Although it is an UNSAFE practice, some people take camphor by mouth to help them cough up phlegm, for treating respiratory tract infections, and for intestinal gas (flatulence). Experts warn against doing this because, when ingested, camphor can cause serious side effects, even death.
 
 
Linoleic acid (LA)
Linoleic acid (LA) is an unsaturated n-6 fatty acid. It is a colorless liquid at room temperature.
Linoleic acid belongs to one of the two families of essential fatty acids that humans and animals must ingest for good health, because the body requires them for various biological processes, but cannot synthesize them from other food components.
 
Linoleic acid has become increasingly popular in the beauty products industry because of its beneficial properties on the skin. Research points to linoleic acid's anti-inflammatory, acne reductive, and moisture retentive properties when applied topically on the skin.
 
 
Octadecanoic Acid
 
Stearic acid (first syllable pronounced either steer or stair) is the saturated fatty acid with an 18 carbon chain and has the IUPAC name octadecanoic acid. It is a waxy solid, and its chemical formula is CH3(CH2)16CO2H.
It occurs in many animal and vegetable fats and oils, but it is more abundant in animal fat (up to 30%) than vegetable fat (typically <5%). The important exceptions are cocoa butter and shea butter where the stearic acid content (as a triglyceride) is 28–45%.
 
Soaps, cosmetics, detergents
Stearic acid is mainly used in the production of detergents, soaps, and cosmetics such as shampoos and shaving cream products. Soaps are not made directly from stearic acid, but indirectly by saponification of triglycerides consisting of stearic acid esters. Esters of stearic acid with ethylene glycol, glycol stearate and glycol distearate, are used to produce a pearly effect in shampoos, soaps, and other cosmetic products. They are added to the product in molten form and allowed to crystallize under controlled conditions. Detergents are obtained from amides and quaternary alkylammonium derivatives of stearic acid.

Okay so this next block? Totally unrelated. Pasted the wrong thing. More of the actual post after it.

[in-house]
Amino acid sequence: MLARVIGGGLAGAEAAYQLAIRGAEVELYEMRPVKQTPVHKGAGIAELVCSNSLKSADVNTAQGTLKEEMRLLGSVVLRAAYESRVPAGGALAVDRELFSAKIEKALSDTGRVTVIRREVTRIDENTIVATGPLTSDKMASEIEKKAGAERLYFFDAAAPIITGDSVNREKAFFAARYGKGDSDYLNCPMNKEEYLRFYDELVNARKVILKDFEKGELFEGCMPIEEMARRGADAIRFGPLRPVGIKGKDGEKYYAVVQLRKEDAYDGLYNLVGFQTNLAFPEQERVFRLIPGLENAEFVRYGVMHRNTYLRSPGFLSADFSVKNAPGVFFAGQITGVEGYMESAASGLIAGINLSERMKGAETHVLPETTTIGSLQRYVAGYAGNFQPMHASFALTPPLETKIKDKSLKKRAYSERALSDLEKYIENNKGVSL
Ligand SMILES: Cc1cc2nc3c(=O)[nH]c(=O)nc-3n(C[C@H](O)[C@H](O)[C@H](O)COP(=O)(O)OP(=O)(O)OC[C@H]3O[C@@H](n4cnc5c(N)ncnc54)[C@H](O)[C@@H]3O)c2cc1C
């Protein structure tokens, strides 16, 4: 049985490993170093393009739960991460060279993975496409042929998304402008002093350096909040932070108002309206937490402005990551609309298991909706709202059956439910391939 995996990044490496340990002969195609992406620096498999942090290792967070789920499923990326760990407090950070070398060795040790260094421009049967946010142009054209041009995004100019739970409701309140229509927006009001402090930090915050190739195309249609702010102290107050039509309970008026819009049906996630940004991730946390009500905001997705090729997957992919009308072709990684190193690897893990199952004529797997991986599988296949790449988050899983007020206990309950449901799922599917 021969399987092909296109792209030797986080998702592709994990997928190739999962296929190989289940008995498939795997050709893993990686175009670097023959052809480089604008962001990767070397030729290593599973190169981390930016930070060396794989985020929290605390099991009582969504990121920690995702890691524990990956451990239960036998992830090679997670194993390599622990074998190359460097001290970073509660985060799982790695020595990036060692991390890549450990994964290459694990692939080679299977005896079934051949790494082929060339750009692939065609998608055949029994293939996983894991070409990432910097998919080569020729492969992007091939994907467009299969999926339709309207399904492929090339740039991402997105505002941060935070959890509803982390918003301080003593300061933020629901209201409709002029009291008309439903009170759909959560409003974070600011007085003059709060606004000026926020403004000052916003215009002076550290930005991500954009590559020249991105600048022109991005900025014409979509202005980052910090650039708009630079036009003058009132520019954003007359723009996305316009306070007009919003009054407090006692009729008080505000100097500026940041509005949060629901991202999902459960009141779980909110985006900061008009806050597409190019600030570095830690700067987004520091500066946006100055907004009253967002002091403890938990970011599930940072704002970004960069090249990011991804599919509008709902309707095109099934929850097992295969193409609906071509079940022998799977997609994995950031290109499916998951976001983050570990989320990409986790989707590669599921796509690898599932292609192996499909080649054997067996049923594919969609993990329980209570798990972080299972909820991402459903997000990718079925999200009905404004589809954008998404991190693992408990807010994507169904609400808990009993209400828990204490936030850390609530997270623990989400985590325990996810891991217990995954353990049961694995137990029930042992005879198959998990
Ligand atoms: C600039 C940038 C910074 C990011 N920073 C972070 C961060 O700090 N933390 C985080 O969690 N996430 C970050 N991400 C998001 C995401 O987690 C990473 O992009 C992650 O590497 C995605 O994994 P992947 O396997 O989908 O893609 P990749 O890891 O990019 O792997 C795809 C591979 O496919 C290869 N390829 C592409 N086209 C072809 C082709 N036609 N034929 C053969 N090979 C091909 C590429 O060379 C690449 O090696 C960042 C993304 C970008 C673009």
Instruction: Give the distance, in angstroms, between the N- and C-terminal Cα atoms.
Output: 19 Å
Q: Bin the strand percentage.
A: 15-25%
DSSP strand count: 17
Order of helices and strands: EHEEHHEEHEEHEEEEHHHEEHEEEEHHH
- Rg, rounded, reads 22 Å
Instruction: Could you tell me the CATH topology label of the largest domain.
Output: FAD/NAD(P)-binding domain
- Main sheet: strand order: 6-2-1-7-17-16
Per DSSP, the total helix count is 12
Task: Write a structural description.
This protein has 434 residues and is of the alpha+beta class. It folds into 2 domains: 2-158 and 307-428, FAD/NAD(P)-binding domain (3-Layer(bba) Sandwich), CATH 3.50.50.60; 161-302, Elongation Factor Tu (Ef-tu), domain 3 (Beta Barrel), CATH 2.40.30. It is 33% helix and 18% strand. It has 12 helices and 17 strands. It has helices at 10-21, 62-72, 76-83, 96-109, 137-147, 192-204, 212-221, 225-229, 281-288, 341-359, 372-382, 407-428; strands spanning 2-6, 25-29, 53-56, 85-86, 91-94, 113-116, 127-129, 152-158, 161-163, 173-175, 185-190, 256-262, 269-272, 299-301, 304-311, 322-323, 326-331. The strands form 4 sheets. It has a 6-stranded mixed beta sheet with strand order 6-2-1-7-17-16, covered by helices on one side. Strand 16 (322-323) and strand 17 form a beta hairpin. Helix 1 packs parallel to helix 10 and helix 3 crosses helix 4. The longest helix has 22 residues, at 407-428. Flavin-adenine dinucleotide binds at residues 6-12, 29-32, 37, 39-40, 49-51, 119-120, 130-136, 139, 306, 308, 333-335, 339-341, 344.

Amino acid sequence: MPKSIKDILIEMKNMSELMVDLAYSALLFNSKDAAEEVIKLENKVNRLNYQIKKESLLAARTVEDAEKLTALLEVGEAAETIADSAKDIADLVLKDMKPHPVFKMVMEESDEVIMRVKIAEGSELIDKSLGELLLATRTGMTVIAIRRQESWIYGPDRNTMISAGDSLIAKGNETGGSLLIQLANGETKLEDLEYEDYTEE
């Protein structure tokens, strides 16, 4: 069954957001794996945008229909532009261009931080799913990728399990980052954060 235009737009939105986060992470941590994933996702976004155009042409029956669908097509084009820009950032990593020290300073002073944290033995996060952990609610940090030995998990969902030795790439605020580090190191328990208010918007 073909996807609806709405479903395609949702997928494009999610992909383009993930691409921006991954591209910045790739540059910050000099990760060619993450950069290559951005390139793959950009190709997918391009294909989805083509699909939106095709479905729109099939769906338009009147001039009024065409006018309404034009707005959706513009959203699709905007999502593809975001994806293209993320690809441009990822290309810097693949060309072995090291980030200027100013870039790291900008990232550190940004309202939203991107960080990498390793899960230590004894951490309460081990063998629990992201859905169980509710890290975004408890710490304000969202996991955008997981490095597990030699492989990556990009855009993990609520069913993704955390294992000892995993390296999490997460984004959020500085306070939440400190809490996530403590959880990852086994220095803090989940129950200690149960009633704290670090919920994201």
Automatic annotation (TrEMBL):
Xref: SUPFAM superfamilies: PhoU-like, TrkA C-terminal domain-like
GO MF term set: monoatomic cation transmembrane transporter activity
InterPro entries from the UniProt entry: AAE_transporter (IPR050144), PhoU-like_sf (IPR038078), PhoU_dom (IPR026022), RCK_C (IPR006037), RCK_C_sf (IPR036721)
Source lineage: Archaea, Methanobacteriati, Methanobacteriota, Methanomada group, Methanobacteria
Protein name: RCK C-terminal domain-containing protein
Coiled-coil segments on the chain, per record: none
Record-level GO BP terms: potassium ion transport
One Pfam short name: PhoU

Oleic Acid
One of the chief sources of oleic acid in foods is olive oil, perhaps one of the tastiest cooking oils. Canola and grapeseed oil are also excellent choices when you are looking to supplement the diet with oleic acid, since they are naturally high in this fat. In addition to being used as cooking oil, oleic acid is part of a number of products. It is often used to make soap and is present in a number of cosmetics.
As a cosmetic ingredient, oleic oil seems to be a great moisturizer . In fact most cosmetic companies owe their inspiration to men and women who used oleic acid in natural forms to moisturize the skin — using olive oil on the skin has been a common practice in Italy and Greece for centuries.
 
 
Palmitic acid
 
Palmitic acid, or hexadecanoic acid in IUPAC nomenclature, is one of the most common saturated fatty acids found in animals and plants.[2] Its molecular formula is CH3(CH2)14CO2H. As its name indicates, it is a major component of the oil from palm trees (palm oil, palm kernel oil, and coconut oil). Palmitate is a term for the salts and esters of palmitic acid. The palmitate anion is the observed form of palmitic acid at basic pH.
 
Palmitic acid is mainly used to produce soaps, cosmetics, and release agents. For these applications, the palmitic acid is neutralized with sodium hydroxide to give sodium palmitate. The most common route to sodium palmitate is saponification, in which palm oil, rendered from the coconut palm nut, is treated with concentrated sodium hydroxide (in the form of caustic soda or lye), which causes hydrolysis of the ester groups. This procedure splits the ester groups in the oil into glycerol and sodium palmitate.
Because it is inexpensive and benign, palmitic acid and its sodium salt find wide use including foodstuffs. Sodium palmitate is permitted as a natural additive in organic products.[7]
Hydrogenation of palmitic acid yields cetyl alcohol, which is used to produce detergents and cosmetics.
 
HairyCure